A parent's frequent question in my Growth clinic is,"Doctor, is my child growing up all right?" 

While this question has numerous answers depending on the child in question, there are certain basic facts every parent must know about growth.

Let's discuss the first part of the growth series

Growth is the miracle of childhood.

How a little bundle of joy at birth transitions and transforms into an adult human is truly a remarkable feat of nature. 

Growth is universal

Every child grows. And hence we tend to take it for granted, until something goes wrong and the child stops growing well.

But do you really need to wait before your child comes up with a serious growth problem?

The answer is NO...

Can you pick up a problem before it becomes severe?

The answer is YES..

Can you monitor the child's growth yourself?

The answer is YES. 

What is growth?

Growth means increase in height and weight of the child

Why do you need to look at your child's growth carefully?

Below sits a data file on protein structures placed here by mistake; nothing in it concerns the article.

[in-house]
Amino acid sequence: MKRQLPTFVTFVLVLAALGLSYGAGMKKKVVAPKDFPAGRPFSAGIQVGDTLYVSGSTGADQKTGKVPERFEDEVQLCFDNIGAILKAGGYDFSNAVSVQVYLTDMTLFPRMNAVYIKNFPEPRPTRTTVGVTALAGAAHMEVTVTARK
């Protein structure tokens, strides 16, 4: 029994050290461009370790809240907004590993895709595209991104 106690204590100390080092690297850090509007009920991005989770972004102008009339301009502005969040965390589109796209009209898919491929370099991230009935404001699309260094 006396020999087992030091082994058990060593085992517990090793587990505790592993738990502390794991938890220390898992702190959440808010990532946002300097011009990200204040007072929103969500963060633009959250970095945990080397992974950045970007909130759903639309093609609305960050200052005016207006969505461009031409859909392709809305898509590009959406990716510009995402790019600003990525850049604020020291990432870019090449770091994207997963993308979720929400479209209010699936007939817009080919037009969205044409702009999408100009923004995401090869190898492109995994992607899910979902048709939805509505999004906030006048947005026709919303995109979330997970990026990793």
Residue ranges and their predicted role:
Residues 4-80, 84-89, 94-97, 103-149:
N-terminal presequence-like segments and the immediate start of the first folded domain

To put it in simple words, growth is the sum total of all the body processes. If growth is alright, it means most of the body processes are going well so you can stop worrying about your kiddo’s health

As a law of nature, a well growing child is a healthy child 

What does good growth tell us?

1.  Nutrition intake is good

2.  All hormones are fine

3.  Metabolism is co-ordinated

4   Illnesses arent ‘consuming away’ the child.

5.  Child is in psychosocial well being (happy kids grow better)

A child who is not growing well has a deficiency or a disorder. Height is nature’s early warning sign, a VISUAL ALARM for parents and physicians not increasing in height could indicate certain invisible problems are going on inside the child’s body.

So how can  you know that your child is growing normally?

Your child is growing normally if:

  1. He/she  is outgrowing clothes every year
  2. The shoe size  increasing every year
  3. He/she is  not among the 3 shortest children in class
  4. He/she  is growing atleast 5 cm per year (after 5 years of age)
  5. He/she is not much leaner or chubbier than classmates

If the answer to any of these questions is NO, this child needs to be looked at carefully. The growth parameters need to be measured and marked and followed up regularly.

I must stress here that every child must have his own growth chart. It's a paper which has markings of ideal height and weight at all ages. Each visit to a paediatrician must have a recording of height and weight done on the growth chart.